I started a new class this morning with The Great Courses. I’d been trying to listen to a class on The Federalist Papers for a long time and, I’m sorry to say, it was just so boring! So I switched to a class on England, the Beatles, and the 1960s. The first lesson was a real winner.
I learned, for example, that George Harrison visited his sister in Benton, Illinois in 1963. At the time, the Beatles were all the rage in England, but pretty much unheard of in America. Certainly in Benton no one knew who George was.
But I also learned that before the Beatles ushered in the British “Invasion,” the top song on the charts in America, for five weeks no less, was Sugar Shack, by Jimmy Gilmer & the Fireballs. So, after my lesson, I headed over to YouTube for a listen.
I was unimpressed. But the worst part of it was that Jimmy sang the line “There’s this cute little girlie, she’s a-workin’ there; A-black leotards* and her feet are bare.”
*The official lyrics claim he’s singing it this way: “There’s this cute little girlie, she’s a-workin’ there. A black leotard and her feet are bare.” But in the song you can just make out a plural in “leotards” and when you hear the story of how this song was written, you know he’s saying “a-black” in the same way he said “a-workin’.”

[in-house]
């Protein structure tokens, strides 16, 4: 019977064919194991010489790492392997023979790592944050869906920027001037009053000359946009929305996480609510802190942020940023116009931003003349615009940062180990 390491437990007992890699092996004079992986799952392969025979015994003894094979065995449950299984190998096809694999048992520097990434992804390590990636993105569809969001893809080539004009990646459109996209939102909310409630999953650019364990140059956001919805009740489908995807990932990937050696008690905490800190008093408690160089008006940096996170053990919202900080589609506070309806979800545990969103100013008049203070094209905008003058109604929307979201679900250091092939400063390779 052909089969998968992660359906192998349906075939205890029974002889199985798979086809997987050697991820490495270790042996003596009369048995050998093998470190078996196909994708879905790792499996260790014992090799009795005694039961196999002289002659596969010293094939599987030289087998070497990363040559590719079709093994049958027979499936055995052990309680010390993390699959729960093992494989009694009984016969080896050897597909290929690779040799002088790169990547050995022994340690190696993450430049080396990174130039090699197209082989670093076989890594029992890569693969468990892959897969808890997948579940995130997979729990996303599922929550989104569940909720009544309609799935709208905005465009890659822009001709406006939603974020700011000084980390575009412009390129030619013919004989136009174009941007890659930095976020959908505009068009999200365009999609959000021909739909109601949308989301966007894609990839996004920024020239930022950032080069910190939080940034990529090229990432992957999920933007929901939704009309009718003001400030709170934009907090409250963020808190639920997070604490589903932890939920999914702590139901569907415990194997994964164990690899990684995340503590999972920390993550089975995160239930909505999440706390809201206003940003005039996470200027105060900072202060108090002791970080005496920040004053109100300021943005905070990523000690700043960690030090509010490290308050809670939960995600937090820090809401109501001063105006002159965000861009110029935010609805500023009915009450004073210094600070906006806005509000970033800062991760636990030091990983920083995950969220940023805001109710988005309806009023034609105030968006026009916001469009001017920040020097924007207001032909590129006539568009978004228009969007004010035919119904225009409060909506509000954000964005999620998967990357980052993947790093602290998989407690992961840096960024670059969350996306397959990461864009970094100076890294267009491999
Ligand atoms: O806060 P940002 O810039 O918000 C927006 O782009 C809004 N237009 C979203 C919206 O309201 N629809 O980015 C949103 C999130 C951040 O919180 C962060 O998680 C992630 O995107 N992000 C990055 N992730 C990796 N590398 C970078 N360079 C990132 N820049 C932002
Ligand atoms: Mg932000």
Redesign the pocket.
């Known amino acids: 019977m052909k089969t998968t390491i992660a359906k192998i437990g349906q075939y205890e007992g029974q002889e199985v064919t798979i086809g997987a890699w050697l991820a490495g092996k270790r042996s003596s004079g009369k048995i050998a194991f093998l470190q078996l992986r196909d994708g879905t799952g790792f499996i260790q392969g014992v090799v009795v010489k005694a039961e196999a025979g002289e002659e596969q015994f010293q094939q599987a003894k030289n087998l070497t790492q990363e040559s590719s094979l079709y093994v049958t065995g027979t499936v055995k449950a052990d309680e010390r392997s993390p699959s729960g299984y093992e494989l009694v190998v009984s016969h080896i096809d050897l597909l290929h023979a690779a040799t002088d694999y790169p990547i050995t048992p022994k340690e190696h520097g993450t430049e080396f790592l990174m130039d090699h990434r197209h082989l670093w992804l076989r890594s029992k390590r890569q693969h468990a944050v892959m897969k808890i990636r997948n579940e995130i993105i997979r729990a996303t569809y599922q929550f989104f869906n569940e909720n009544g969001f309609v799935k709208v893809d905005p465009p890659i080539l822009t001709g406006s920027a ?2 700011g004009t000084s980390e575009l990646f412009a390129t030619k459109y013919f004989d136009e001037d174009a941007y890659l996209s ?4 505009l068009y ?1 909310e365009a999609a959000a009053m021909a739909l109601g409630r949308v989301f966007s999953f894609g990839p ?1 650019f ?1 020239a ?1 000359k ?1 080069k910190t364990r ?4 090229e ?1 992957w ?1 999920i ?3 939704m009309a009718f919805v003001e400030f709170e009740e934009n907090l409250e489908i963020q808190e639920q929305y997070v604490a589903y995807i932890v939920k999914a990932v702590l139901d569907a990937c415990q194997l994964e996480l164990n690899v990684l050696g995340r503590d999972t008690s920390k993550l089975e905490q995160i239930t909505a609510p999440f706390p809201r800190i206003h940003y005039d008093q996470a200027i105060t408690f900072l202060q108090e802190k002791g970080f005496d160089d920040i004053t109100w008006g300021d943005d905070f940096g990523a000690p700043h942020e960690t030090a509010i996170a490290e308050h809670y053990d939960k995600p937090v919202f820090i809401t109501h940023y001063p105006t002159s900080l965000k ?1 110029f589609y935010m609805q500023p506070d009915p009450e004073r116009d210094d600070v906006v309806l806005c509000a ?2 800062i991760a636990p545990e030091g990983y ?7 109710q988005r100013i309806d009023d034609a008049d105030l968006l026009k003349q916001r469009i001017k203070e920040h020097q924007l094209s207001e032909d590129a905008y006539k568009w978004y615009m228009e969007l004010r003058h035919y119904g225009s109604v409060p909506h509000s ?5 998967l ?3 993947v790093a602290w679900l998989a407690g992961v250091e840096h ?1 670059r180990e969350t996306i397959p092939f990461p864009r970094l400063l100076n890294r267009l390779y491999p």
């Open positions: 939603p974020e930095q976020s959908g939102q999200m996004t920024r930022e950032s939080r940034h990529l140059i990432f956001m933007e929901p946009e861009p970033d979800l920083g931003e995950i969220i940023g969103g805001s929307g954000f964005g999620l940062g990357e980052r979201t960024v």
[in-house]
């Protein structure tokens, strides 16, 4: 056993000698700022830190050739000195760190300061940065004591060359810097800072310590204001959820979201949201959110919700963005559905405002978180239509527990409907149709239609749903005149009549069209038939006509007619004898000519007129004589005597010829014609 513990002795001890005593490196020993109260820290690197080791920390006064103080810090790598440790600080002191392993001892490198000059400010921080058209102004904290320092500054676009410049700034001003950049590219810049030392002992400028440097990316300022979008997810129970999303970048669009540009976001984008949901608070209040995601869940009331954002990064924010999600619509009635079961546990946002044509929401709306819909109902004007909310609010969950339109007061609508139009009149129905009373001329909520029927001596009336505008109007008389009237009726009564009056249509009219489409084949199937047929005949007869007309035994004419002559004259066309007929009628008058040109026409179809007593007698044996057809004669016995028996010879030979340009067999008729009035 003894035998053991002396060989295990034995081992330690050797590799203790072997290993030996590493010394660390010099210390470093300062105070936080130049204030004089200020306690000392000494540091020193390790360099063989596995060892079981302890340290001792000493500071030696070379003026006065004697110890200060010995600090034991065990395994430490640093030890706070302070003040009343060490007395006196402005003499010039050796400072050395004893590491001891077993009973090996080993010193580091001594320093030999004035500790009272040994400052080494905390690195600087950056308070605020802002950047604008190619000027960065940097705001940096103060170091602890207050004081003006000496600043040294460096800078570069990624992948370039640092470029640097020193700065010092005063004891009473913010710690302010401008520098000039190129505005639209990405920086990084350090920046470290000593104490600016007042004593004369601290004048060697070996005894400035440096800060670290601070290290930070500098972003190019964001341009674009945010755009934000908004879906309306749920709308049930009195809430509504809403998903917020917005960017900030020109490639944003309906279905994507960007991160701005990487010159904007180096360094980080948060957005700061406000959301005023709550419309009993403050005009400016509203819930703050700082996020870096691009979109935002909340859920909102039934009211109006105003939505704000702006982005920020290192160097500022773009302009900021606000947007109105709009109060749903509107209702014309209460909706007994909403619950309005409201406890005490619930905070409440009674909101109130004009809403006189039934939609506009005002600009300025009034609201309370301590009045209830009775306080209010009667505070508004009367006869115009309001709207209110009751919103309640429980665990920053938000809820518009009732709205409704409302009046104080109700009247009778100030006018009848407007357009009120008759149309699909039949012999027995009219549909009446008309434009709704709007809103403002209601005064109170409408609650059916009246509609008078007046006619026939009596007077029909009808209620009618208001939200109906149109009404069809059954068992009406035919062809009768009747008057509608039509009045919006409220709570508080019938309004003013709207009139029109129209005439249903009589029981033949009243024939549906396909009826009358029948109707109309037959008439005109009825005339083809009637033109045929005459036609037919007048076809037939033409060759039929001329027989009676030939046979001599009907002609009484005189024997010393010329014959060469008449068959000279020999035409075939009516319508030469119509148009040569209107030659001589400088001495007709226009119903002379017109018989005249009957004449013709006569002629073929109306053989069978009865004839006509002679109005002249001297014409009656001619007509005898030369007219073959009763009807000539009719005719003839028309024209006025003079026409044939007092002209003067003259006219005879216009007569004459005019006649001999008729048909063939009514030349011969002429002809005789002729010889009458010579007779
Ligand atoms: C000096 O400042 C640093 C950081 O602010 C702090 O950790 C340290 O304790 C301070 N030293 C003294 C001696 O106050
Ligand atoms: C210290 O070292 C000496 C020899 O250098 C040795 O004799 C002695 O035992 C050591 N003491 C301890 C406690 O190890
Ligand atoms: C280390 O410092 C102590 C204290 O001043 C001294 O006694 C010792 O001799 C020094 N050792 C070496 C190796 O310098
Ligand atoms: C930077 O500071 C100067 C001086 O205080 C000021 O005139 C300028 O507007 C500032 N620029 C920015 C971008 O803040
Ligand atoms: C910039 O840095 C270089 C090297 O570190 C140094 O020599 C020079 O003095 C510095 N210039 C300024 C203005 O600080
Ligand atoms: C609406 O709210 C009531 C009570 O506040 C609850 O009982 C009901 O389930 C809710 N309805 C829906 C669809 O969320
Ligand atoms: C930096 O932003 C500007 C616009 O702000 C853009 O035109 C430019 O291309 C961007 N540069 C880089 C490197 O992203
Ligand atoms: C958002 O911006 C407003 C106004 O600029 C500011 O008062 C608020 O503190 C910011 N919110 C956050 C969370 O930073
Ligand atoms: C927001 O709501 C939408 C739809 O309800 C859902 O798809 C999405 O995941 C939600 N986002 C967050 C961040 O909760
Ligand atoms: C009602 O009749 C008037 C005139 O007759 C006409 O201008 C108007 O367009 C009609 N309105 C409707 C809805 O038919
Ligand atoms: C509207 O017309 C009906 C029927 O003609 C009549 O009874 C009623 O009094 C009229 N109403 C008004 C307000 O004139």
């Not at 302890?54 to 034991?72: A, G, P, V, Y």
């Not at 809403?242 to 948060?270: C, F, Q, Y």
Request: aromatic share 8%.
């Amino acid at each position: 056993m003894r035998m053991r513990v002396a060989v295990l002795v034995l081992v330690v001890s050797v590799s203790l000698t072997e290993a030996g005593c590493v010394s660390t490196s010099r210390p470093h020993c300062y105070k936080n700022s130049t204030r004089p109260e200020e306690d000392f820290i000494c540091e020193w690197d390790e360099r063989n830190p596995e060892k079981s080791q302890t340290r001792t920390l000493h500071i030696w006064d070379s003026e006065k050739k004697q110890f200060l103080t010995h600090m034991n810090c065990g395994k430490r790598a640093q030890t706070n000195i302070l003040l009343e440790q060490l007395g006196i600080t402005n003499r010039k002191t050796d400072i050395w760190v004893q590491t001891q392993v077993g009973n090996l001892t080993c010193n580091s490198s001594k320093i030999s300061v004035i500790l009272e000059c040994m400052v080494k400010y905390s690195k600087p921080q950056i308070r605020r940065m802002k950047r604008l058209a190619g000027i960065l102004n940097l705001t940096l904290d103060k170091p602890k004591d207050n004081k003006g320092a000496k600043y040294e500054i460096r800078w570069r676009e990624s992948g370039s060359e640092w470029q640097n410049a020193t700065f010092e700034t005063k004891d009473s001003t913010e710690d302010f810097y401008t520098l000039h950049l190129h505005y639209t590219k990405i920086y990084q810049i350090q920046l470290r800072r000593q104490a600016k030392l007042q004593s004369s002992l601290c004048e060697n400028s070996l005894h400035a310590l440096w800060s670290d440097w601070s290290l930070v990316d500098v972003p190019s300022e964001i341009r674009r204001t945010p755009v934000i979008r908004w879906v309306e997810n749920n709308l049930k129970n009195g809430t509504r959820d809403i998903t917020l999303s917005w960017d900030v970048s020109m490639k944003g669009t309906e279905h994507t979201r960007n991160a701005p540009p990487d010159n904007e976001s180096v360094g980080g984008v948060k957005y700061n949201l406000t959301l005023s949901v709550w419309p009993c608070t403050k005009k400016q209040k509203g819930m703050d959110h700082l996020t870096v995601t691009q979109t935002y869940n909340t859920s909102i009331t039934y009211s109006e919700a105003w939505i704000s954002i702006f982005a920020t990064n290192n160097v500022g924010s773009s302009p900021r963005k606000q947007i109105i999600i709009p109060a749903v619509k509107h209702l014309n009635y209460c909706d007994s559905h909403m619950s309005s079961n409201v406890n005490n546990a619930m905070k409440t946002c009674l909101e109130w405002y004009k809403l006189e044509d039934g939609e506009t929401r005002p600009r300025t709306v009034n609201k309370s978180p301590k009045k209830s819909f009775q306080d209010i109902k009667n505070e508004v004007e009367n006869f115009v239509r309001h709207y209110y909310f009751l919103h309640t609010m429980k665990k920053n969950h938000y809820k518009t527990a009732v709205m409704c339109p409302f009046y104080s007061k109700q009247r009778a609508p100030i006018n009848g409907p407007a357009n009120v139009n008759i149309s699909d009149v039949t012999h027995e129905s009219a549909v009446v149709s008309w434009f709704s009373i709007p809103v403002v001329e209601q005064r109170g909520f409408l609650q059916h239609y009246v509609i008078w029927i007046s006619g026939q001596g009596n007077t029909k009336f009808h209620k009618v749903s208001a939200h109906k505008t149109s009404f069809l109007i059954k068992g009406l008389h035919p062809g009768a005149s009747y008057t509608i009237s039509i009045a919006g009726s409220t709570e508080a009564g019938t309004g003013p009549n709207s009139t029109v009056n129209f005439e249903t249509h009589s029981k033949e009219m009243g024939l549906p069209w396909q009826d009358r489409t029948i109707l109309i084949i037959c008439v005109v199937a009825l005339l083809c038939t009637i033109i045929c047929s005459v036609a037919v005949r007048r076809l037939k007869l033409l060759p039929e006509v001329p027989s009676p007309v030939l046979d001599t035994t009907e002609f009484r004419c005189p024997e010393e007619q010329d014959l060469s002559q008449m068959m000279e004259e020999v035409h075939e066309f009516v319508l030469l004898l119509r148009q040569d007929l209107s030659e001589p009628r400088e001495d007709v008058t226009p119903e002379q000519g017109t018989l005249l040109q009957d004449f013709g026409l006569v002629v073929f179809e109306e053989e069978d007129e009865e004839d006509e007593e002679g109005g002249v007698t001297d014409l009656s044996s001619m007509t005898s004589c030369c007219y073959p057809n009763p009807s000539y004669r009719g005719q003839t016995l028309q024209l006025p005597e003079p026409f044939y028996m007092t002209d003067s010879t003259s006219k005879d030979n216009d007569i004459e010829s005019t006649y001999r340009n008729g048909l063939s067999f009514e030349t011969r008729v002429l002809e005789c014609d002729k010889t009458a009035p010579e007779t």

Keith McCormack wrote the song with help from his aunt, Faye Voss, over coffee one morning. You can hear him talking about it in The Story of SUGAR SHACK – “We’ve given it a signature!” by Peter Beamish. He says, “I couldn’t remember what you call those tight pants girls wore at the time, so I asked my Aunt Faye and she said ‘leotards.'”
Before I get into it, did you know that the leotard is named after 19th-century French acrobat Jules Léotard?
Anyway, I listened to the entire video about the making of “Sugar Shack” and I’m sorry to say that not once was the error of “leotards” addressed. Leotards are bodysuits, mostly worn by dancers. I can assure you that the waitress in the Sugar Shack wasn’t wearing leotards. She was wearing tights, or more likely 1960’s style peddle pushers. Think Mary Tyler Moore in The Dick Van Dyke Show.
I’m baffled as to why no one noticed that McCormack used the wrong word. Even Wikipedia doesn’t seem to realize it’s wrong.
What the hell is wrong with the world?
Anyway, another top song in 1963 was Sukiyaki by Kyu Sakamoto. A much better song than “Sugar Shack.” And luckily for me, it’s in Japanese, so I have no idea if it has any egregious errors in it.
Sakamoto was only twenty when he sang “Ue o Muite Arukō.” Naturally, the name was changed to “Sukiyaki” because English-speaking people are stupid. Why didn’t they change it to a translation? Like, “I Look Up As I Walk,” which is what it translates into? Why Sukiyaki? Do you know what sukiyaki is? It’s a meat dish and has absolutely nothing to do with the song.
Anyway, what a lovely morning of music and history.